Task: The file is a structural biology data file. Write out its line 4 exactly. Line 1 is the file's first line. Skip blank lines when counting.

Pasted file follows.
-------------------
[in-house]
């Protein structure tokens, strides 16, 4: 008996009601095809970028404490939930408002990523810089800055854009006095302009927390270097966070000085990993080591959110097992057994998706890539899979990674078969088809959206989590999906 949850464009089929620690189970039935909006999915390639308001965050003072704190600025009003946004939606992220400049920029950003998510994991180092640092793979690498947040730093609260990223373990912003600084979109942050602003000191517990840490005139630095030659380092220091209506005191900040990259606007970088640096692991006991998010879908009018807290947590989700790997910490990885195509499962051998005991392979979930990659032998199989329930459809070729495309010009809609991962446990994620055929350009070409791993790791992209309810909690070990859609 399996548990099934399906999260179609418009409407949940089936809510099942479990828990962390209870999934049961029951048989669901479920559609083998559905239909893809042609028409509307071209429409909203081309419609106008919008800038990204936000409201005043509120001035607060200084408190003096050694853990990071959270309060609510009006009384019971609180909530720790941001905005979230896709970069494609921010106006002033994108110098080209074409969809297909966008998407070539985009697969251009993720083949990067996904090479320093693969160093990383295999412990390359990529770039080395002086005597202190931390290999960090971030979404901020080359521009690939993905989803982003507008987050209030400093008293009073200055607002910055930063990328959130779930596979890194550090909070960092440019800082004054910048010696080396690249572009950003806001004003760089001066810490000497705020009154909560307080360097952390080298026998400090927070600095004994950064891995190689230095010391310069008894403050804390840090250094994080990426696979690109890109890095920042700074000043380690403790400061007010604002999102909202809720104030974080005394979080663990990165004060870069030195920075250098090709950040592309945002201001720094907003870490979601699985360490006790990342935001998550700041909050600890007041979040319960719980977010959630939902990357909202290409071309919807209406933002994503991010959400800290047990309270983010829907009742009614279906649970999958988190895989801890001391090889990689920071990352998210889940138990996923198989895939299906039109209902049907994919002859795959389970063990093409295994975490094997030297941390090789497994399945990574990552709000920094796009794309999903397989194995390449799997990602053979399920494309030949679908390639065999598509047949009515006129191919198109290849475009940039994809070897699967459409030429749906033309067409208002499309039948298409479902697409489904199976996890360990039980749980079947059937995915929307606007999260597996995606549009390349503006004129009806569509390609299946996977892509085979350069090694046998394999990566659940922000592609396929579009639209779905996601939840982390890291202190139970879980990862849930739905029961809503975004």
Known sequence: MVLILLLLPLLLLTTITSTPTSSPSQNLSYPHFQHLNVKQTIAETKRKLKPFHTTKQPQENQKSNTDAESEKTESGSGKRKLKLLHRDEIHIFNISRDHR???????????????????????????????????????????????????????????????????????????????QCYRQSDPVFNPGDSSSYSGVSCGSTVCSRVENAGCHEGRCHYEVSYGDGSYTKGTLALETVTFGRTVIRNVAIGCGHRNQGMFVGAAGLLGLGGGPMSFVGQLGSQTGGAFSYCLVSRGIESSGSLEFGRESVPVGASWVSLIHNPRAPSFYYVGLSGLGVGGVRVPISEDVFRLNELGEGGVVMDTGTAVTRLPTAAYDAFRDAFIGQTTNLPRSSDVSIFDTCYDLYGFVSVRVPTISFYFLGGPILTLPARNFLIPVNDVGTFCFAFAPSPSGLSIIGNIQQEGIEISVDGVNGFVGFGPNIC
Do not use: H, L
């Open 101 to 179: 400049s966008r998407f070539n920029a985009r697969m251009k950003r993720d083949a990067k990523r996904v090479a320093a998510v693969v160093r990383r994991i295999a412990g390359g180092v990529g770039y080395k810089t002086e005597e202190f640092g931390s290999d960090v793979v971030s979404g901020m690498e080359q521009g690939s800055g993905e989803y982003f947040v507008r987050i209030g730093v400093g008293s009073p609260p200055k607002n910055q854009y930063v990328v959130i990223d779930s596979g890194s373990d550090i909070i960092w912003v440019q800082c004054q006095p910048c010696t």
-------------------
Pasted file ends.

Do not use: H, L